By Philip O’Connor
STOCKHOLM (Reuters) – Manchester United and Ajax will both have a chance to burnish their proud European traditions and finish the season on a high note as they meet in the final of the Europa League in Stockholm on Wednesday.
The game pits the financial might and strong defense of a United team that has conceded just seven goals in the competition against a youthful Ajax team that is capable of offensive fireworks, but has struggled away from home.
“Many in Holland said it was not possible for a Dutch team to play in the final because the financial difference in Europe between the big clubs and the Dutch clubs is so big now, but we managed it,” Ajax manager Peter Bosz told a media conference over the weekend.
Despite their monetary muscle, Jose Mourinho’s side struggled to keep up with the pace-setters in the Premier League and looked sluggish at times in the knockout stages of the Europa League.
Having finished outside the top four in England and lost striker Zlatan Ibrahimovic to a serious knee injury, United are now depending on victory at the Friends Arena in Stockholm to get them into next season’s Champions League.
Mindful of the risk of injury over the final weeks of the campaign, Mourinho has been careful to rest key players like Paul Pogba ahead of the final.
The French midfielder, who cost a reputed 105 million euros ($117.98 million) when he joined United last summer, was withdrawn just before half-time in United’s final game of the season against Crystal Palace on Sunday.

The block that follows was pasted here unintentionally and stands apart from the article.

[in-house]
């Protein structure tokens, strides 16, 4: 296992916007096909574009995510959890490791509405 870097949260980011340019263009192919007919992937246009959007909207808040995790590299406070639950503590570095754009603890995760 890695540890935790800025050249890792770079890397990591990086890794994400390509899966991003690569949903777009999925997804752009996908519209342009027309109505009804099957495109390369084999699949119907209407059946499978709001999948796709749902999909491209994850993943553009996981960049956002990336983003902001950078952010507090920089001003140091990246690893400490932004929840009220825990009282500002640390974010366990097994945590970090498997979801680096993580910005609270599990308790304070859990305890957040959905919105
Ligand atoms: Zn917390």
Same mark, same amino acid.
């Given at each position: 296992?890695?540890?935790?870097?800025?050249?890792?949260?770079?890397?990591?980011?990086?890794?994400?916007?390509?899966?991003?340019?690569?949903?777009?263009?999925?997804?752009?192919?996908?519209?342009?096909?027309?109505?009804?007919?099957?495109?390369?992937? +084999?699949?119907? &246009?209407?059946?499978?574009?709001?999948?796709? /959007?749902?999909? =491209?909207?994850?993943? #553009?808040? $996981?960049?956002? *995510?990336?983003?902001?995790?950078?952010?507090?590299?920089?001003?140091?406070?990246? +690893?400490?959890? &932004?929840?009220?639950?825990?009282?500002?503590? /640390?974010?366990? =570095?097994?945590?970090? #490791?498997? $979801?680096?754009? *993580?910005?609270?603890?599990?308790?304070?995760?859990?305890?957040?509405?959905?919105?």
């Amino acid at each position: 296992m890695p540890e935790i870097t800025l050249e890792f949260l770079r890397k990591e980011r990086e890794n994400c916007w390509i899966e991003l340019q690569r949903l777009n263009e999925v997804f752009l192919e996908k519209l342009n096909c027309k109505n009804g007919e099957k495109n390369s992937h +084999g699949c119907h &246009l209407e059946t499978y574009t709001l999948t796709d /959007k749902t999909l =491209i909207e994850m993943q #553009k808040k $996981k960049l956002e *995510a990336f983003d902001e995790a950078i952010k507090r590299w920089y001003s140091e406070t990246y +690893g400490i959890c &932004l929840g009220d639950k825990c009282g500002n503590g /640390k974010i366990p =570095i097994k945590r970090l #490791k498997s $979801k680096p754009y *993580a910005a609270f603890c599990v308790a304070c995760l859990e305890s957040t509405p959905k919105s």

The historic significance of the date will not be lost on Ajax as the final will be played 22 years to the day after their storied 1-0 victory over AC Milan in the 1995 Champions League final.
That Ajax team featured Danny Blind, whose son Daley will play for United on Wednesday, and Patrick Kluivert, father of current Ajax winger Justin Kluivert.
Ajax were pipped to the Dutch title by bitter rivals Feyenoord, and though they made next season’s Champions League qualifiers, they will be eager to add to their European trophy cabinet.
Regularly featuring players in their teens or early twenties, Ajax boast a fantastic array of attacking talent, with Danish striker Kasper Dolberg combining strength, touch and finishing to make him the fulcrum of their attack.
But their relative inexperience and poor away record in the tournament would suggest that they may struggle against a disciplined, physical United side that desperately needs a big win to salvage their season.
(Reporting by Philip O’Connor; editing by Mark Heinrich)